The government side of an inflation-fighting program must work alongside the development of a more supportive private market, by deepening the region's monetary bases to encourage savings, and absorb excess liquidity. Banks must create improved savings vehicles and channel these to foreign assets via macroeconomic policy entities (MEPEs).
Central banks are one macroeconomic policy entity; sovereign wealth funds are a second. A third prospective MEPE, which policymakers could help form-are dedicated and specialized ‘capital control funds' that would act as a support mechanism to banks.
Policymakers must also find ways to encourage more investment in export-oriented productive sectors, such as manufacturing and tourism, and in enabling sectors of the domestic economy, such as financial services, healthcare, and education.
The output from these productive sectors should be partly reinvested in productive sectors or channeled through the MEPEs.
Six key imperatives
The challenge for GCC countries is to create their own macroeconomic stability frameworks and to make sure these are integrated and coordinated regionally and globally. There need to be formal ways in which the region's central banks interact with each other and those outside the GCC. There are six key imperatives the region's policymakers must keep in mind:
• Develop Inflation-detecting abilities by putting in place and continuously updating state-of-the-art methodologies and tools for measuring, forecasting, and analysing price increases.
• Treat price stability as a continuous challenge that requires a comprehensive approach, rather than something that can be dealt with sporadically and partially. If designed correctly a framework could capture all the important levers of macroeconomic policymaking.
• Involve all market participants in the mission to fight inflation. Helping financial entities deploy modern currency hedging tools and other mechanisms is part of the solution, and could be instrumental in building a shield against inflation.
• Create more effective sterilisation mechanisms and more productive economic bases to channel and absorb excess liquidity.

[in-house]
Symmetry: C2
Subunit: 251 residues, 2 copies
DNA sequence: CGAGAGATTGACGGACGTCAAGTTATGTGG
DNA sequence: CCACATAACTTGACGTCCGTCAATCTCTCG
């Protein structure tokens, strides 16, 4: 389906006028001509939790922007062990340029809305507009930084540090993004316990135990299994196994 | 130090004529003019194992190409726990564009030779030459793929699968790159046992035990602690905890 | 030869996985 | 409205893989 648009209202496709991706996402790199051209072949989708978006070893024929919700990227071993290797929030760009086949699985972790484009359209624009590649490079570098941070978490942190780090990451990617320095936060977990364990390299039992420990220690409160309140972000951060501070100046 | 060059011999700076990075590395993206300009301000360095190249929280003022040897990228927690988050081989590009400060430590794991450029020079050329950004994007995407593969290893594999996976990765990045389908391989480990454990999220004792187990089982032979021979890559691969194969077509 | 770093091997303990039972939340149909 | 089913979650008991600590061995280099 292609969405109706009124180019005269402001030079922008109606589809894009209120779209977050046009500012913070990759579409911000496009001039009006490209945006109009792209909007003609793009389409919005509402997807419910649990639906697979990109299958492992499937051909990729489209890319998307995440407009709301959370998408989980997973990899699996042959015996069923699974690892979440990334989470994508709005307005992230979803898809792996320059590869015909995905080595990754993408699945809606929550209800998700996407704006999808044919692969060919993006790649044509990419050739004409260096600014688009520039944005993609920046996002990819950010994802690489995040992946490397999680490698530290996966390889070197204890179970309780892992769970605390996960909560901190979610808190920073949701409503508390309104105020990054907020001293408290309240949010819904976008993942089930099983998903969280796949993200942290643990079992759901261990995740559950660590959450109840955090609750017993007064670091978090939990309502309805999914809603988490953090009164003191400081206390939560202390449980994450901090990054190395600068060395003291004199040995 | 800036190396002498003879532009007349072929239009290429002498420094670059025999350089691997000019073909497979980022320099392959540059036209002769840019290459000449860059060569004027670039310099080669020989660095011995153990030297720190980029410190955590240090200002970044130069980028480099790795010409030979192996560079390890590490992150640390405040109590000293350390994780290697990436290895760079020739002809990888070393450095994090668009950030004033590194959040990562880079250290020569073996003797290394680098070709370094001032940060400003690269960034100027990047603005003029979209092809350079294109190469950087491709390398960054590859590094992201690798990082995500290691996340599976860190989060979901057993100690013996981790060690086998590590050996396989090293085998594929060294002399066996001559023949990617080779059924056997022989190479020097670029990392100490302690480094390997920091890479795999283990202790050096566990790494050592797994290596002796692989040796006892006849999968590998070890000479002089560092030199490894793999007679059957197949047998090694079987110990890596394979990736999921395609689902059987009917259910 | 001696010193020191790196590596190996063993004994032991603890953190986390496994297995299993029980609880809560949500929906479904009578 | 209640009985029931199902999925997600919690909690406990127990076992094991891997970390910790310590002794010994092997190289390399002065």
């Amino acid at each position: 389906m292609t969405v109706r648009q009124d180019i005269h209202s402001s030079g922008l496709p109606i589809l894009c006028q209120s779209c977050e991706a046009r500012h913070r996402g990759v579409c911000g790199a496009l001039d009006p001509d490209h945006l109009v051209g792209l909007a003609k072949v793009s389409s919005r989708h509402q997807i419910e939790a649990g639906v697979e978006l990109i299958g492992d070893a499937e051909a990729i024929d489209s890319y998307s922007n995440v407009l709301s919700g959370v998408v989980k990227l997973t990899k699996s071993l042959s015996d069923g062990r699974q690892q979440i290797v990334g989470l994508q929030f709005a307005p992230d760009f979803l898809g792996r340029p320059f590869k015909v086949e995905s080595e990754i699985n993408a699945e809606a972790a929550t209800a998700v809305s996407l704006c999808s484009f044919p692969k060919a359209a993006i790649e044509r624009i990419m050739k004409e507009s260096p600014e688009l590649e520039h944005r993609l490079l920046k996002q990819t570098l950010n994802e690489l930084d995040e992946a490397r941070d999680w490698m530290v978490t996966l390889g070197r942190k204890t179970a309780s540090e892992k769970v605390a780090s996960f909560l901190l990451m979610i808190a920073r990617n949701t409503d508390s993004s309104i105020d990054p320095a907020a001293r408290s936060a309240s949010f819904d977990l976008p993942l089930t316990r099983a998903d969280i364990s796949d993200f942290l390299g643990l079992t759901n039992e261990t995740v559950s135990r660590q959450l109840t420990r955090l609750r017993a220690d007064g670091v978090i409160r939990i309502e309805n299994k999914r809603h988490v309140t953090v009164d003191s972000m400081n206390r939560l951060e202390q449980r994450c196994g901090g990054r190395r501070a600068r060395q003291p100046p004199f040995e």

• Adopt a model of sustainable and resilient economic growth, with a focus on maintaining positive real GDP and price stability to maximise socioeconomic benefits and minimise the risks.
• Revise the mandates of existing institutions and help them build capabilities to contribute to the creation of a persistently stable macroeconomic environment. These must aim for further integration and develop coordinating mechanisms, to set policy at national, regional and global levels.
In the face of the GCC's inflation challenge, it is tempting to hope that the region's policymakers might get some guidance from the institutions responsible for global economic stability.
Lately, however, those institutions have not inspired confidence in terms of their ability to anticipate and head off economic or financial crises. Indeed, the challenge for the GCC countries is not just to create their own macroeconomic stability frameworks, but to make sure these frameworks are integrated and coordinated regionally and globally.
Creating such a framework will take a lot of brainpower, leadership, and political will to pull off. But with the economic and financial crises around the globe, the effort is more important than ever-and the rewards will be worth it.
Emerging economies like the GCC are creating wealth at a rate that has captured the world's attention. By instituting macroeconomic stability frameworks, these countries can go a long way toward protecting what they have built.
Richard Shediac is a partner with Booz & Company. Rabih Abouchakra is a principal based in the firm's Abu Dhabi office.